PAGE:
- Iran-linked militias contest crushing election defeat
- Attack can be warning not to marginalize them – officials
- Current struggle with big vote winner Shia cleric Sadr
- Many Iraqis fear tensions risk wider civil conflict
- Iran probably hasn’t imposed sanctions attack, sources say
BAGHDAD, Nov. 8 (Reuters) – A drone attack die targeted the Iraqi prime minister on Sunday was worn out by at least one Iran-backed militias, Iraqi security officials and militia sources said weeks after pro-Iranian groups were ousted in elections that they say have been rigged.
But it is unlikely that the neighboring Islamic Republic has sanctioned the attack as Tehran likes avoid a spiral of violence on the western border, the sources and independent analysts said.
Prime Minister Mustafa al-Kadhimi escaped unharmed after three drones met explosives were launched in his home in Baghdad. Multiple of his bodyguards were injured.
The incident struck up tensions in Iraq, where? powerful Iran-backed paramilitaries dispute the result of An general election last month die inflicted a crushing defeat on them in the polls and huge reduced their strength in parliament.
Many Iraqis fear tensions under the main Shi’ite Muslim groups die dominate government and most state institutions, and also to boast over paramilitary branches, could lead to in a wide-ranging civil conflict if such incidents continue occur.
Baghdad’s streets were emptier and quieter than usual on Monday, and extra military and police checks in the capital seemed intention on keep a lid on tensions.
Iraqi officials and analysts said the attack was intended as a message from militias that they are willing to resort to violence if they are excluded from the formation of An government, of as their grip on large areas of the state apparatus is challenged.
“It was a clear message of, ‘We can create chaos’ in Iraq – we have the weapons, we have the resources,” said Hamdi Malik, a specialist on Iraqi Shia Muslim Militias in the Washington Institute.
new group has claimed responsibility for the attack. Iran-backed militias did not immediately do so comment and the Iranian government did not respond to requests for comment.
Two regional officials who spoke on condition of anonymity said Tehran had knowledge of the attack before it was worn out, but that the Iranian authorities had not ordered it.
Militia sources said the commander of Iranian Revolutionary Guard overseas Quds Force traveled to Iraq on sunday after the attack to meet and encourage paramilitary leaders avoid any further escalation of violence.
Two Iraqi security officials, in conversation met Reuters on Monday on condition of anonymity, the groups Kataib Hezbollah and Asaib Ahl al-Haq . said out the attack in tandem.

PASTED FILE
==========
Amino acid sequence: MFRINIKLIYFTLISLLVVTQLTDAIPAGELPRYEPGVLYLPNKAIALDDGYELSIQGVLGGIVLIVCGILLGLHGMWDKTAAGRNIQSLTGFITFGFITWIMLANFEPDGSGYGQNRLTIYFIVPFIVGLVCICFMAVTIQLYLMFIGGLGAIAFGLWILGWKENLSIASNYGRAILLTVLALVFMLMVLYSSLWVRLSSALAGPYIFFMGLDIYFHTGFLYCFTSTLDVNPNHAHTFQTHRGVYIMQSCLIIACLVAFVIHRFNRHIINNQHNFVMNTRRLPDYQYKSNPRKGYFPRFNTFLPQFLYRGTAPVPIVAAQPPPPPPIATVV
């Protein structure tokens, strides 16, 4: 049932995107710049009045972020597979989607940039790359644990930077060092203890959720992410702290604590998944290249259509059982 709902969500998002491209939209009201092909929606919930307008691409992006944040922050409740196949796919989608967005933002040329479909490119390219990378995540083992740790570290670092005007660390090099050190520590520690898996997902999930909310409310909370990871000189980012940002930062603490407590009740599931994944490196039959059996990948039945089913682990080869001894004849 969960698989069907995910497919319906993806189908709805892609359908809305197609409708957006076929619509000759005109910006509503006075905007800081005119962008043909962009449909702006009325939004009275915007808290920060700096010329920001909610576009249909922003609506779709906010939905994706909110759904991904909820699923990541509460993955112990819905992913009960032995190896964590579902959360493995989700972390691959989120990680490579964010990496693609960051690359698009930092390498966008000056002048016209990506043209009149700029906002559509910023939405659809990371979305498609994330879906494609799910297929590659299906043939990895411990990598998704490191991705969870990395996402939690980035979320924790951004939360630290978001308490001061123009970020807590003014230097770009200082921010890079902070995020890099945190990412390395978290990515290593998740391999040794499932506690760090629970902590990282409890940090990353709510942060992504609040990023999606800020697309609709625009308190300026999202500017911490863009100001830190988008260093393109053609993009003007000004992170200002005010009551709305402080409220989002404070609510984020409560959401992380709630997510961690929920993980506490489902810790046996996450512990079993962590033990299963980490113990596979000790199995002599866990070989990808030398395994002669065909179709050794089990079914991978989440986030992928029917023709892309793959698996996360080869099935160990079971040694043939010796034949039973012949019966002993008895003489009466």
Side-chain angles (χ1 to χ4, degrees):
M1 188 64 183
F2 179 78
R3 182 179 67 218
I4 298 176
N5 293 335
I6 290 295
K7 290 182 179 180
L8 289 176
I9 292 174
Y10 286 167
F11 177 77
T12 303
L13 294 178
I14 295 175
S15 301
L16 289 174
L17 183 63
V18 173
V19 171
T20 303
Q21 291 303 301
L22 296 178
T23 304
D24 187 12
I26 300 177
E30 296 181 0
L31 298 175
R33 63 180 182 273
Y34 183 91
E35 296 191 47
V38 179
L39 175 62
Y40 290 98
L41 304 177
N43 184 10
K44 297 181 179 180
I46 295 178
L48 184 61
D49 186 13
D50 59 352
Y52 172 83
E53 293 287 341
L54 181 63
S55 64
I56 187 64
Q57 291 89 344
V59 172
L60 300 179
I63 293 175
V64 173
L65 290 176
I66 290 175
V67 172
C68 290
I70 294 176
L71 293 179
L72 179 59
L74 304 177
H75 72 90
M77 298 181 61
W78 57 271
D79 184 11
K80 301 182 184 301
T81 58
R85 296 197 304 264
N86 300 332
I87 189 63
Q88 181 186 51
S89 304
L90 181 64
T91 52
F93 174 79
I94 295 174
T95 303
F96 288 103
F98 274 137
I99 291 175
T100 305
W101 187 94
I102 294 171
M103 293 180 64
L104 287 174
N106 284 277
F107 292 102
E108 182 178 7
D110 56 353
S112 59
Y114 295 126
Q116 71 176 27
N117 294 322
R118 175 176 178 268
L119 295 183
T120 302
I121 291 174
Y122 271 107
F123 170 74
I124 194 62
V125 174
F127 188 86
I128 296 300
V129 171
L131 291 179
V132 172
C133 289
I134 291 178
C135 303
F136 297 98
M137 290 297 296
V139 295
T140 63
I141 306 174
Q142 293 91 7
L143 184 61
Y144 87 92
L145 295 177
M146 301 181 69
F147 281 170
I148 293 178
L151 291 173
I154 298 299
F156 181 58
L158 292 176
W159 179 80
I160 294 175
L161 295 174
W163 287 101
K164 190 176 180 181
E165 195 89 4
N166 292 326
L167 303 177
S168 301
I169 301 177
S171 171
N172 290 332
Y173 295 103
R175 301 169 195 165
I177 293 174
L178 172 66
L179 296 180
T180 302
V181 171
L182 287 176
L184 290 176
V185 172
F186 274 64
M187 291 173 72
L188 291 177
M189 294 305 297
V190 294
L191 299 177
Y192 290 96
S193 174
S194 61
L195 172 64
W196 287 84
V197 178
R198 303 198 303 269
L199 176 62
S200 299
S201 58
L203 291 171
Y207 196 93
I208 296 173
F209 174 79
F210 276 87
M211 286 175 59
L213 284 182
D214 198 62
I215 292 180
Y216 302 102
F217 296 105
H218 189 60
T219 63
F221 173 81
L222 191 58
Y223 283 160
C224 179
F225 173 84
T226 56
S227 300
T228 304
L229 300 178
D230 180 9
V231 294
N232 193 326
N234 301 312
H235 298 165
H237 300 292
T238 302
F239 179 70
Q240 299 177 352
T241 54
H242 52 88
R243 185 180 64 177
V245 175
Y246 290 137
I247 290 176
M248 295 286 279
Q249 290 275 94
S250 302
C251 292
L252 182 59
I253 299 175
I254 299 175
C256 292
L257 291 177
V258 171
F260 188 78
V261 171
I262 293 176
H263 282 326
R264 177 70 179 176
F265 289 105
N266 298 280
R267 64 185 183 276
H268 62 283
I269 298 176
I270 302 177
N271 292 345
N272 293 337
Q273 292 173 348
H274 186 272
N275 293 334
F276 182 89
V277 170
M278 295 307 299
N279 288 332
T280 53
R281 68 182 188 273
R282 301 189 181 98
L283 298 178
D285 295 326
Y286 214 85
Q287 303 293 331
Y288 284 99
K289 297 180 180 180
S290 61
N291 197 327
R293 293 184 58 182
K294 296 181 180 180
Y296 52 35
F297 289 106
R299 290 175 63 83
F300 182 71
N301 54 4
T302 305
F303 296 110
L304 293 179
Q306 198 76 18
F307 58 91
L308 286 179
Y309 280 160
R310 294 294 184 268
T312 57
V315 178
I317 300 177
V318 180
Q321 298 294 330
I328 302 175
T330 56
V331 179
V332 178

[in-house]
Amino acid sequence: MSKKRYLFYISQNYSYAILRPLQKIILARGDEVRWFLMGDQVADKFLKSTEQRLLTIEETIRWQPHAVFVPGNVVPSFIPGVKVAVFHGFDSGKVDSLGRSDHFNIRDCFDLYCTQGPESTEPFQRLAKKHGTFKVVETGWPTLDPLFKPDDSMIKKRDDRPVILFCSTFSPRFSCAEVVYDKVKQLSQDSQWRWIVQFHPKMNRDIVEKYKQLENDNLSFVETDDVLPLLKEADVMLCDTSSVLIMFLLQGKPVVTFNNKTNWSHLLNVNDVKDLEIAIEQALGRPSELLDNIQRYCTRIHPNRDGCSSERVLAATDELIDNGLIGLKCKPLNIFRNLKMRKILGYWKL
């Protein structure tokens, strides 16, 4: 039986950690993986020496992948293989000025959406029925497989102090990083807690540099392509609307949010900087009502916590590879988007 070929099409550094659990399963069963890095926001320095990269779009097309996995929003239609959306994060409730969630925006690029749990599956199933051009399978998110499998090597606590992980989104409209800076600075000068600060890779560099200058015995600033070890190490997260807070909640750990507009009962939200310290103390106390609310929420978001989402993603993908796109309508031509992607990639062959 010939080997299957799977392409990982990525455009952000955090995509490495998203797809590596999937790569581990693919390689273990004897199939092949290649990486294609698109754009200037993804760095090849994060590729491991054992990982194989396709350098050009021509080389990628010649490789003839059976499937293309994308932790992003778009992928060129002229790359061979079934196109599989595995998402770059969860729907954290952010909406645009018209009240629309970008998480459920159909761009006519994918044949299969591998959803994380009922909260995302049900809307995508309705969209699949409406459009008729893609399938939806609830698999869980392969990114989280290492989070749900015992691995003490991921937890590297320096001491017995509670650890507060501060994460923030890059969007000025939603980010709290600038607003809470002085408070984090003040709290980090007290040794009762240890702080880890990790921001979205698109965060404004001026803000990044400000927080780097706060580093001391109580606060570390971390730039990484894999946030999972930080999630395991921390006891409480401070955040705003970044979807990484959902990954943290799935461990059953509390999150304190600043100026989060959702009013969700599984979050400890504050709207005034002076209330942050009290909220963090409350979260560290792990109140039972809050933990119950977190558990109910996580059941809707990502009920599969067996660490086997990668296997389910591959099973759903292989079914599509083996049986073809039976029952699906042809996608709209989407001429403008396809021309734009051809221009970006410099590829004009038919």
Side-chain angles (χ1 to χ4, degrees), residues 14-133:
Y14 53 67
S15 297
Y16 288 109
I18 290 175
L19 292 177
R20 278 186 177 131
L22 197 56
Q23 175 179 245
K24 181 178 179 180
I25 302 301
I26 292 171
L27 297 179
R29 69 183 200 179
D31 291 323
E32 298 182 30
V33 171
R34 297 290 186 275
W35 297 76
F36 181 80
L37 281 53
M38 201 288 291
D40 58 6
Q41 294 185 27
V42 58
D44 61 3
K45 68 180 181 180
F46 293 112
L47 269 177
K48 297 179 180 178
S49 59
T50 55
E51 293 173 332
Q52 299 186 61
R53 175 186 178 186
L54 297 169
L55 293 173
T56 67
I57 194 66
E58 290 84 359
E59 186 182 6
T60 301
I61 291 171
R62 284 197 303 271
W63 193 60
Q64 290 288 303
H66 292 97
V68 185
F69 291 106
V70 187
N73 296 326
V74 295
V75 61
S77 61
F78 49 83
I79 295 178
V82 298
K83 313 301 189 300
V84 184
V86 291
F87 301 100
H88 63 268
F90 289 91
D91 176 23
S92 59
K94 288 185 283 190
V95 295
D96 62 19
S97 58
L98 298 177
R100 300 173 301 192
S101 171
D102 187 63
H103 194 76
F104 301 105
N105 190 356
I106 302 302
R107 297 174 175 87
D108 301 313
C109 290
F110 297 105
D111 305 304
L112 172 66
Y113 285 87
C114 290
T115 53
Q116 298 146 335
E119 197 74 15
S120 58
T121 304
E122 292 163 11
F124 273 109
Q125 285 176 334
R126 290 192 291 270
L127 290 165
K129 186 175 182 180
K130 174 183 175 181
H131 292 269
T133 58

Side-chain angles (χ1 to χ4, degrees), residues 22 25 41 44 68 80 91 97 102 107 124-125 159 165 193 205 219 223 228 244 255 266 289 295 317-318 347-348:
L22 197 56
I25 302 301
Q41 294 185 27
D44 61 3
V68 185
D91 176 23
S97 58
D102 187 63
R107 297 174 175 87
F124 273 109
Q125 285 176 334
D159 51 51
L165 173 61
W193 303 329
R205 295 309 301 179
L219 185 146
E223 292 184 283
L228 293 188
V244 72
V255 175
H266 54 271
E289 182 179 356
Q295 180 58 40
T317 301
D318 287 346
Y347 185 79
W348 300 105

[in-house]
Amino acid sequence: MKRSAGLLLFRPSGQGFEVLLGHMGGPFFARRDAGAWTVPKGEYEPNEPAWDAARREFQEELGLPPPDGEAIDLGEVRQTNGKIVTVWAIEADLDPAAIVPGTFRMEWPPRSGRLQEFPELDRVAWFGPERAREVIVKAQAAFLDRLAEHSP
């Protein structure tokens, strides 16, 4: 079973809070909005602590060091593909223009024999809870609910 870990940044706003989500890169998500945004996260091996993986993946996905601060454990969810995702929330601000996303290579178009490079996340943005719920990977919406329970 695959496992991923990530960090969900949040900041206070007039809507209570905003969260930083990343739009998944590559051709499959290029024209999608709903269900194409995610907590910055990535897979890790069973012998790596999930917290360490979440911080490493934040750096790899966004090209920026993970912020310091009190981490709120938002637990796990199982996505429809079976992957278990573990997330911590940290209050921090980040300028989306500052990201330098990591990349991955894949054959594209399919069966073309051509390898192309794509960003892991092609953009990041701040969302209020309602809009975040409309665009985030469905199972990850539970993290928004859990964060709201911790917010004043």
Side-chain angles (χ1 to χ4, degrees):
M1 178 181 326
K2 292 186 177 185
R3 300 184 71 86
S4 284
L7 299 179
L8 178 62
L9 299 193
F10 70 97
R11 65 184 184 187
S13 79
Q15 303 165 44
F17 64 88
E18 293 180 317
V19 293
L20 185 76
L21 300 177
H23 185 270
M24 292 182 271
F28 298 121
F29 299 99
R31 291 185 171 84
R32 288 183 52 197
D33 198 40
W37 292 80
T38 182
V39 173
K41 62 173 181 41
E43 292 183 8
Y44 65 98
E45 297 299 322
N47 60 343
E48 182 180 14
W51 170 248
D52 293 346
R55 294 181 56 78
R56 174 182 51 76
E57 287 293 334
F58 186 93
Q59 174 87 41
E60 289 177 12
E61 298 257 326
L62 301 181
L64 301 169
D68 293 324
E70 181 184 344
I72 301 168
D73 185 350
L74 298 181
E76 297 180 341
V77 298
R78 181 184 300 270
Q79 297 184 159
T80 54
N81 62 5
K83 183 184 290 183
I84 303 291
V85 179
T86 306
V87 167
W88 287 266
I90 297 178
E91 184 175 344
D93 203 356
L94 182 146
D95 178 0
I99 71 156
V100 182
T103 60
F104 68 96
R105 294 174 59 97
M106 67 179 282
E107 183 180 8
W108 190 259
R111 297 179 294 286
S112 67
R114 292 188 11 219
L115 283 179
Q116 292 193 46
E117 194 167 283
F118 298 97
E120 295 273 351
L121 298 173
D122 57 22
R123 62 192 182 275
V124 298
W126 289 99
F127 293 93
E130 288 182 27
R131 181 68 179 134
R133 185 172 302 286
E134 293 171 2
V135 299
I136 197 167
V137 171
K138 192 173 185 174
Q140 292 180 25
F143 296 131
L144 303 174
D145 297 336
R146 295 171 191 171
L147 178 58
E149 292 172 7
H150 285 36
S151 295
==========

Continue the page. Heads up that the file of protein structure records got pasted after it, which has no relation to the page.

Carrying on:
A militia source said Kataib Hezbollah was involved and he couldn’t confirm the role of Asaib.
Neither group commented for the record.
The main winner of the elections, the Shia cleric Moqtada al-Sadr is a rival of the Iranian-backed groups who, in unlike them, Iraqi preaches nationalism and opposes all foreign interference, including American and Iranian.
Malik said the drone strike indicated Iran-backed militias are positioning themselves in resistance to Sadr, who also boasts of a militia – a scenario that would damage Iran’s influence and therefore likely be opposed by Tehran.
“I don’t think Iran wants a Shia-Shia civil war. It would weaken its position.” in Iraq and allow other groups to get stronger,” he said.
A lot of met Iran-affiliated militias have Sadr’s political rise with worried, fearing he’d make a deal with Kadhimi and moderate Shia allies, and even minority Sunni Muslims and Kurds, die would freeze them out of power.
The Iranian-backed groups, die like Iran’s patron are Shiites, regard Kadhimi as both Sadr’s husband and kind to Tehran’s nemesis, the United States.
Iran-backed militias have shouted of fraud in the October 10 elections, but offered no proof. Since then, their supporters have been ramping up for weeks of protests in near Iraq government buildings.
MADE IN IRAN
An of the Iraqi security officials said the drones used were: of the type “quadcopter” and that each carried one projectile containing high explosives in stands of damage buildings and armored buildings vehicles.
The official added that this was of the same type of Iranian-made drones and explosives used in attacks this year on US troops in Iraq, which Washington blames on Iran-linked militias, including Kataib Hezbollah.
The United States last month focused on Iran’s drone program with new sanctions, saying Tehran’s elite Revolutionary Guards had deployed drones against US troops, regional allies of Washington and international Dispatch.
Report by the Baghdad editors; Editing by Mark Heinrich
Our standards: The Thomson Reuters Trust Principles.
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